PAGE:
Tartan Army invade England for wild New Year's Eve celebrations after gloomy Scotland banned parties

Tartan Army invade England for wild New Year's Eve celebrations after gloomy Scotland banned parties

January 26, 2022

BOOZY Scots flooded across the border to England to ring in the New Year.

Nicola Sturgeon effectively cancelled Hogmanay celebrations after plunging the country into tight Covid restrictions.

The measures came in despite a string of hugely positive studies showing Omicron IS milder than other strains – with the first official UK report revealing the risk of hospitalisation is 50 to 70 per cent lower than with Delta.

Covid booster jabs protect against Omicron and offer the best chance to get through the pandemic, health officials have repeatedly said.

The Sun's Jabs Army campaign is helping get the vital extra vaccines in Brits' arms to ward off the need for any new restrictions.

Scottish bar bosses previously urged Ms Sturgeon to “do a Boris” and reverse her decision to cancel Hogmanay celebrations.

The First Minister slapped the country with the toughest measures in months just days before Christmas – urging Scots to slash their social contact over the festive period.

The raft of new restrictions came into force on Boxing Day and limited the size of live events and both indoor and outdoor gatherings.

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From December 27, it has also been table service only in boozers, a one-metre social distancing measure must be followed, and groups in bars, restaurants, theatres, cinemas and gyms are limited to three households.

Lana-Terri McBride, 18, drove to Newcastle from Glasgow with pal Alexander Davidson, 19.

She said: 'It would have been terrible if we'd stayed in Glasgow.

"We have not had a life for the past two years. This night out means so much to me. We've just been stuck in.

"We've had a lot of fun so far. 'It's not even cost that much to get here so it's definitely worth it."

Stewart Anderson, 22, of Glasgow, said: "We've come to Newcastle tonight because places are open.

"It's table service only in Scotland. It would have been extremely boring had we stayed in Glasgow.

"It's only cost us £60 to get down here on the coach and stay in a hotel. It's definitely worth it.

"However, we have to say we're not looking forward to the trip back tomorrow."

Downbeat Ms Sturgeon said big parties like Hogmanay gatherings have the "potential to become very rapid super-spreader events".

Meanwhile, Sajid Javid and the PM last week confirmed New Year's Eve in England is ON.

Mr Javid said: "We look at the data on a daily basis – that hasn't changed over the Christmas period.

"But there will be no further measures before the new year. Of course, people should remain cautious as we approach New Year's celebrations."

But the Health Secretary stressed Brits should "remain cautious", take a lateral flow and celebrate outside or in a well-ventilated room – as he urged everyone to get their jabs if they can.

And country-wide "guidance" could return once the celebrations are over – but it won't be legally enforced.

It is predicted up to 100,000 partygoers could cross borders after Boris Johnson announced no new limits – in contrast to Scotland boss Nicola Sturgeon and Wales’s Mark Drakeford.

But it comes as Brits are being hit with New Year's Eve travel chaos as major stations and train lines brace for STRIKES and Covid-related staff shortages.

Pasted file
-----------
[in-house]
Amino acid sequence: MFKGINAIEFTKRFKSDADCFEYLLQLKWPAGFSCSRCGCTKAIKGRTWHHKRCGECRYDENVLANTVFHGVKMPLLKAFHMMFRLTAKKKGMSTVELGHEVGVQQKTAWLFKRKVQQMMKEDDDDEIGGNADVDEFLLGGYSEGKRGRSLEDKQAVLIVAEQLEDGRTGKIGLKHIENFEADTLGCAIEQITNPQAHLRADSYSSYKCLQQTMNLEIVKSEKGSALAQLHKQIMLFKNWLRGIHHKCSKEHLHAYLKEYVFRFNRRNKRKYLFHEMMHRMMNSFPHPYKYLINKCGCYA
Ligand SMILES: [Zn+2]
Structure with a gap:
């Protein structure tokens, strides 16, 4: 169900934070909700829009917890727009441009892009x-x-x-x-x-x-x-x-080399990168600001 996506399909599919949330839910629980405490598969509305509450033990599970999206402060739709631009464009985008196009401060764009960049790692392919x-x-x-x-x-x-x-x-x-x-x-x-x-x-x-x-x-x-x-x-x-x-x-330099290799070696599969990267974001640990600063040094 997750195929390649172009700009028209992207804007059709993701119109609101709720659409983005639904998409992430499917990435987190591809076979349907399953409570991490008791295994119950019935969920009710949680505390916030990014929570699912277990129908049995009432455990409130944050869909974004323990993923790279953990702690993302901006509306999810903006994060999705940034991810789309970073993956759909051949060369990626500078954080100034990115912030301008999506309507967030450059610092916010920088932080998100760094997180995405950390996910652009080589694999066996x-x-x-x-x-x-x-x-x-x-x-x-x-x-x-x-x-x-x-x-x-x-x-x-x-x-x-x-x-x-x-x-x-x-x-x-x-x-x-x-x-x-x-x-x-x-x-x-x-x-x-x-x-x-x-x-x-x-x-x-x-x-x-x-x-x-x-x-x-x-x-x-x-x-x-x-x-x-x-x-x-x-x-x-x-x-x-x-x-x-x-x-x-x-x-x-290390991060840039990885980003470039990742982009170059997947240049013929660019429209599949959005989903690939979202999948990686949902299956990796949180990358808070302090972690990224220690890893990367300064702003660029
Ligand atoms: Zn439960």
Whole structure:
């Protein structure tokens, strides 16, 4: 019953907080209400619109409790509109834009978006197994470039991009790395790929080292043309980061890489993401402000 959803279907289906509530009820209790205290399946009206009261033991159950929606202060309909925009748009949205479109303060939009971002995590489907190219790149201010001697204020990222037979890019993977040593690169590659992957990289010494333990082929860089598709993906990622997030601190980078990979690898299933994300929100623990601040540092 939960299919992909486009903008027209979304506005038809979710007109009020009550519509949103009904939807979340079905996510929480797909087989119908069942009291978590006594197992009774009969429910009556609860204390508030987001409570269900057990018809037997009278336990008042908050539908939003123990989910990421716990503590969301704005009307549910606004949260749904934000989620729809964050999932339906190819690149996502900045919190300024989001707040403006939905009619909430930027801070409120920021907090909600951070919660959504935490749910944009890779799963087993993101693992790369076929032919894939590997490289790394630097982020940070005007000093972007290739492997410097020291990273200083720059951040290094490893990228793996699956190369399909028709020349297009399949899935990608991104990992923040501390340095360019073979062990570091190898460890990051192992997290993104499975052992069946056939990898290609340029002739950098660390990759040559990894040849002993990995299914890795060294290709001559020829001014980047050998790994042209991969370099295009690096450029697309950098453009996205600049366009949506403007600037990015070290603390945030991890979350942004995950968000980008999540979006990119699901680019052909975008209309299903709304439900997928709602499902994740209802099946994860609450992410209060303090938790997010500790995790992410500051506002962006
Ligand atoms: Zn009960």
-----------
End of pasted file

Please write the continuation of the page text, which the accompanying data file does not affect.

Travellers are being urged to check for delays or cancellations – as countless lines face New Year's Eve engineering work, Covid-related staff shortages and strikes.

Cross Country conductors and staff at Edinburgh Waverley Station will be on strike for 24 hours from tomorrow – as hordes of Brits prepare to flee Scotland for a restriction-free New Year's Eve in England.

Elsewhere north of the border, engineering work between Glasgow Central and Motherwell has meant all CrossCountry trains running to or from Glasgow will run from Edinburgh instead tomorrow.

Greg Mulholland, at the Campaign for Pubs, said as many as 100,000 pub pilgrims could cross the borders for a “normal” New Year’s Eve without table-only service or masks.

Grahame Vallance, 58, who runs the Coach and Horses pub in Carlisle, just eight miles from the border, said he was expecting some Scottish drinkers in this evening.

He said he'd noticed a lot more Scots in the border town in the last day or so.

He said: "I think the bar will be totally full, with 40 odd people in. I'm aiming for 50-50, Scottish and English drinkers."

I've noticed a lot more Scottish people coming in the pub

"I've noticed a lot more Scottish people coming in the pub – a lot more Rangers scarfs, Celtic scarfs."

"When they do come into the pub initially from Scotland, they're wearing their masks, and they're asking if they can take them off.

"They are still showing caution. It's not like 'Wahoo, let's get on with it!"

He added: "If we've got 45-50, we're not going to get in a circle and join hands and sing Auld Lang Syne, but we can maybe do it socially distanced and walk around the pub."

Brian Meighan tweeted: “Coach loads of us going to Newcastle to celebrate New Year, absolutely shocking c**p up here in Scotland.”

Laura Bryce who owns a pub five miles from the border summed up the anger: “These restrictions take the fun out of New Year’s Eve. Everyone will go to England.”

Donald MacLeod, who owns nightclubs in Glasgow, said: “We’re already hearing about bus trips to Carlisle, Liverpool, Manchester and Blackpool. I wish those who go down there all the luck. Businesses such as mine and others are being crippled by these brutal restrictions.”

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